Impulse Control Disorders Dermatillomania

Dermatillomania, or chronic skin picking, (CSP) is the practice of repetitively rubbing, touching, scratching and picking at one’s skin. Very often the face is the main target, but any part of the body can be a site for skin picking. People with dermatillomania commonly believe they’re scratching away skin blemishes.

Although dermatillomania is different from self-mutilating behaviors like cutting or burning the skin, it can have serious consequences. Compulsive skin picking can lead to:

  • Bleeding
  • Bruising
  • Infections
  • Scarring
  • Skin damage.

Dermatillomania: Background and Characteristics

Chronic skin picking has been observed in animals, leading some researchers to suggest that dermatillomania stems from a genetic grooming impulse.

A variety of emotional states are associated with dermatillomania. Some people develop a skin picking habit because they find it soothing. Others do so because they’re seeking stimulation. Still others pick their skin because they’re trying to be “perfect” and they think their skin is flawed.

Dermatillomania is considered an impulse control disorder, and is usually diagnosed on the basis of the following characteristics:

  • An inability to resist picking at real or imagined blemishes
  • Growing interference with daily life
  • Growing tension before skin picking, for some
  • Relief after skin picking, for some
  • Scarring, or noticeable sores.

Some people feel such shame and remorse because of their dermatillomania that they limit their personal and professional activities to hide the results of their skin picking.

The OCD Dermatillomania Connection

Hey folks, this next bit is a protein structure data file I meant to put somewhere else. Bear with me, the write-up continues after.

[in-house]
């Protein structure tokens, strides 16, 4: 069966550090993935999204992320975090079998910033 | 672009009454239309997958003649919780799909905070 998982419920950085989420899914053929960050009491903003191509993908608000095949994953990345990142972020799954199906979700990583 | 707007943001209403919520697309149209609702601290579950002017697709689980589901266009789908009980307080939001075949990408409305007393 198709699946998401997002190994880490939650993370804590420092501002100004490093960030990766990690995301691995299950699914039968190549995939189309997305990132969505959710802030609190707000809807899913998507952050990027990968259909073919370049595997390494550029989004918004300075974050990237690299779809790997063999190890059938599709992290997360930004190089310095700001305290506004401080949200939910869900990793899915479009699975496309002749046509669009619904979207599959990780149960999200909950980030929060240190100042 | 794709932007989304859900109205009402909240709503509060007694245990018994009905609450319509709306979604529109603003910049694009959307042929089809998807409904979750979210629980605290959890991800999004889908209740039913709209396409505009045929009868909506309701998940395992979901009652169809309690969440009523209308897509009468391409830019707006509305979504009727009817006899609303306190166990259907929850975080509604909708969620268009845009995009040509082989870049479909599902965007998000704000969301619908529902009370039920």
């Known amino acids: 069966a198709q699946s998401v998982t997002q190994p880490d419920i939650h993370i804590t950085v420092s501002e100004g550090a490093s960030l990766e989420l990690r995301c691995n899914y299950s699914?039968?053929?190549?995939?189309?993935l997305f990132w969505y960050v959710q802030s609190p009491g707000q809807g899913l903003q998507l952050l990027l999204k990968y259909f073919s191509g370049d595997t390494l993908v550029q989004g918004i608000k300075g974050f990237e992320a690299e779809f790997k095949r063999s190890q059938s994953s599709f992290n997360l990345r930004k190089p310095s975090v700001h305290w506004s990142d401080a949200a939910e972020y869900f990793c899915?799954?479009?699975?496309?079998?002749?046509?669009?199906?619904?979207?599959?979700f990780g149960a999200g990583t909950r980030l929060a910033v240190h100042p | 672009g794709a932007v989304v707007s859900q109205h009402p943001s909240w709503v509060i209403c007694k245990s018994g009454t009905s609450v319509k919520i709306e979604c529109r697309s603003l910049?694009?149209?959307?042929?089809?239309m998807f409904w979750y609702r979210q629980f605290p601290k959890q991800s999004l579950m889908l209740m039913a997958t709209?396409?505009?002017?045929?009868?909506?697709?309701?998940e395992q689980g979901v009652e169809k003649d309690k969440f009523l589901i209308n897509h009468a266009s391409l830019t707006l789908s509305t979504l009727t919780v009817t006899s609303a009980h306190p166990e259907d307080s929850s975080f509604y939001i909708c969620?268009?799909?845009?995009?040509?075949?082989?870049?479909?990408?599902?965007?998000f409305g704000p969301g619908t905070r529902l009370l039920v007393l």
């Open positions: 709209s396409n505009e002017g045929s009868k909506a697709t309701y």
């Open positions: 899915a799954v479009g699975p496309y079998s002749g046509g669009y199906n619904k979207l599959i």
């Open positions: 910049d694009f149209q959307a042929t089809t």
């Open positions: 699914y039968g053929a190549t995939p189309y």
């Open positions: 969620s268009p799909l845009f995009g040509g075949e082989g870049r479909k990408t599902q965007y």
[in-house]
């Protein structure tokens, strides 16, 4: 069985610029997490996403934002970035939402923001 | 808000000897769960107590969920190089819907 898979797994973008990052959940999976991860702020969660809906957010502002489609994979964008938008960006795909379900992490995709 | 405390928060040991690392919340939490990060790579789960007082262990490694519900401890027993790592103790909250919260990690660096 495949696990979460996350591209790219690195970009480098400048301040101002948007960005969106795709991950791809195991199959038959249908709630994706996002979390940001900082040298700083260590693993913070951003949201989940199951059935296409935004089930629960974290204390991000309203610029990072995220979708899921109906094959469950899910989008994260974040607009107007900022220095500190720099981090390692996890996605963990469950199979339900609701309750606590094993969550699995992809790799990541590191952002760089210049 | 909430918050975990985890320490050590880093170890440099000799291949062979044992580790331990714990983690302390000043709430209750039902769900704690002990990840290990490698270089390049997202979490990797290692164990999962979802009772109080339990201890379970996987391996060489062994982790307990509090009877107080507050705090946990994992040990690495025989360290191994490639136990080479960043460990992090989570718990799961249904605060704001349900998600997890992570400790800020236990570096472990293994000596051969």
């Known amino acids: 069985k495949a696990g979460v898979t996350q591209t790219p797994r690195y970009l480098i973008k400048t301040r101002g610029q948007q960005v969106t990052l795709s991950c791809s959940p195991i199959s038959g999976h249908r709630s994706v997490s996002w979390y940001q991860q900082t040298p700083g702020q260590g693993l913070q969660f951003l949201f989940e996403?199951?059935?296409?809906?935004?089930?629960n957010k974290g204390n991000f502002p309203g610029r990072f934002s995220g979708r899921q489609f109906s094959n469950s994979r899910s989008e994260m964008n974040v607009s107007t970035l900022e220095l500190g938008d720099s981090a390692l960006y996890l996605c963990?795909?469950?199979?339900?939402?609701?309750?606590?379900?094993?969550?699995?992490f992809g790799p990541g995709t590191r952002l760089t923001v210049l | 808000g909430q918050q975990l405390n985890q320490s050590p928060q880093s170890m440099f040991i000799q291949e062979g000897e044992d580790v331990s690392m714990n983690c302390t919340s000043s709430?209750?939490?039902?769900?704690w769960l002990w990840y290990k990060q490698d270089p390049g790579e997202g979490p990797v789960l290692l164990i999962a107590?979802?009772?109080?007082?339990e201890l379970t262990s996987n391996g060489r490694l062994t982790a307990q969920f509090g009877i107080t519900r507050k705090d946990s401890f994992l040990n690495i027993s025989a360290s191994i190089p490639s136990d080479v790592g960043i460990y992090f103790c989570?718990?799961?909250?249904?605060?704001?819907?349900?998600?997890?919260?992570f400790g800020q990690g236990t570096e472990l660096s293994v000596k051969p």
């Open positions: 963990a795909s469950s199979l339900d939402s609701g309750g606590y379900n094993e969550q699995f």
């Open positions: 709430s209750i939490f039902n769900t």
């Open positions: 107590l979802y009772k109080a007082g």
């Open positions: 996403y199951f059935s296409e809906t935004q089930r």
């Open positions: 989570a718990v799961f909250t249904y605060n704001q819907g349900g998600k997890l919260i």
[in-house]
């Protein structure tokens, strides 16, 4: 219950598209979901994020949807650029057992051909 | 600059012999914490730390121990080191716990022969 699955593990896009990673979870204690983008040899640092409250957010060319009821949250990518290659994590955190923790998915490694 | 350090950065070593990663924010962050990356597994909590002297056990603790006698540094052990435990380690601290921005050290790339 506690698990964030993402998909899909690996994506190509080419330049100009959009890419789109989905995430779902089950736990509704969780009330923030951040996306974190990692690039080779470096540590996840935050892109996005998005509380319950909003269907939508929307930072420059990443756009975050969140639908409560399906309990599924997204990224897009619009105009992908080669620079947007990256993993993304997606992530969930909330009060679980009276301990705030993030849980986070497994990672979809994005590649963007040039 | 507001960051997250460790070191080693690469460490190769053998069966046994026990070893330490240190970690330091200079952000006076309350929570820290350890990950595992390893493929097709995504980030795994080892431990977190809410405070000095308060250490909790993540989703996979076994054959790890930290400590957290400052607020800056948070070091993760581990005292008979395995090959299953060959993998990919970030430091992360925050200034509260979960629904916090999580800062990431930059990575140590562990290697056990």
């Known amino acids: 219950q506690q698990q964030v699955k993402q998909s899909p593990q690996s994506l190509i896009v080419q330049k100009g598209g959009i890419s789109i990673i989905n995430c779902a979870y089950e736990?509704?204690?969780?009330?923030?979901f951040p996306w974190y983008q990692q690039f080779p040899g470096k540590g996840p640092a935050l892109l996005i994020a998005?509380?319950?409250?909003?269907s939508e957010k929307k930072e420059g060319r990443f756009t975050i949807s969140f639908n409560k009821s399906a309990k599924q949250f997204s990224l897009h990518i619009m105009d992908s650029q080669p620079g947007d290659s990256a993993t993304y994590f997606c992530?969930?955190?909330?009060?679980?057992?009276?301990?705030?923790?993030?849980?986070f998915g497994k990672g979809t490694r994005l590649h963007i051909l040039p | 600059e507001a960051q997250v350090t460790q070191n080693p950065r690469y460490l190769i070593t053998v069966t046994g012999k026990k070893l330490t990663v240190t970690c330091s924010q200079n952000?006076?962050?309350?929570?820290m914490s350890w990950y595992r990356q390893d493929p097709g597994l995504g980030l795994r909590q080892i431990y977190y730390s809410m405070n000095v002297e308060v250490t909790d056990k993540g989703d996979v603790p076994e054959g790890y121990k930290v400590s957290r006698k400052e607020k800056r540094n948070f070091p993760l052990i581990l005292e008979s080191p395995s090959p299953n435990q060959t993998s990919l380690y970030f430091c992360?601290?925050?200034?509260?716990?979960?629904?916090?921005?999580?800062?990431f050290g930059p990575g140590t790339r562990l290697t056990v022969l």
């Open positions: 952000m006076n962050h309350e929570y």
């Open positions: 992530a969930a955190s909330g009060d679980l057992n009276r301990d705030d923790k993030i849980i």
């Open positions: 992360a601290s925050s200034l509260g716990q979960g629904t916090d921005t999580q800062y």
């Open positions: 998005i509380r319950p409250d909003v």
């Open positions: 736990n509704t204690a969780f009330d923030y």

Although it is not the same as obsessive compulsive disorder, dermatillomania has much in common with OCD.

According to HealthCentral.com, almost half of those diagnosed with OCD may have dermatillomania, as well (2008). Depression and anxiety are also related disorders.

Dermatillomania is considered a body-focused repetitive behavior (BFRR), like compulsive hair-pulling (trichotillomania), chronic nail-biting (onychophagia) or biting the insides of your cheeks (dermatophagia).

Dermatillomania Treatment Options

Skin picking can be a symptom of other conditions such as autism, an autoimmune disorder, dermatological disease, substance abuse or psychosis. These must be ruled out before dermatillomania treatment begins.

The options for dermatillomania treatment include:

  • Competing response: Providing dermatillomania patients with alternatives to picking, like knitting or another activity that keeps their hands busy
  • Habit Reversal Training: Teaching patients coping strategies through a comprehensive approach to dermatillomania
  • Self-Monitoring: Helping patients stop skin picking by building awareness of their habit
  • Stimulus Control: Helping patients recognize and avoid their skin-picking triggers.

Some medications have been helpful in treating skin picking, including selective serotonin reuptake inhibitors (SSRIs) and medications used to treat alcohol abuse.

Resources

BrainPhysics.com. (2010). Dermatillomania: Compulsive skin picking. Retrieved July 16, 2010, from http://www.brainphysics.com/skin-picking.php.

Kennard, J. (2008). Skin picking: A sign of deeper problems. Retrieved July 16, 2010, from http://www.healthcentral.com/anxiety/c/1950/47842/picking-problems.

Trichotillomania Learning Center. (2007). What is chronic skin picking? Retrieved July 16, 2010, from http://www.trich.org.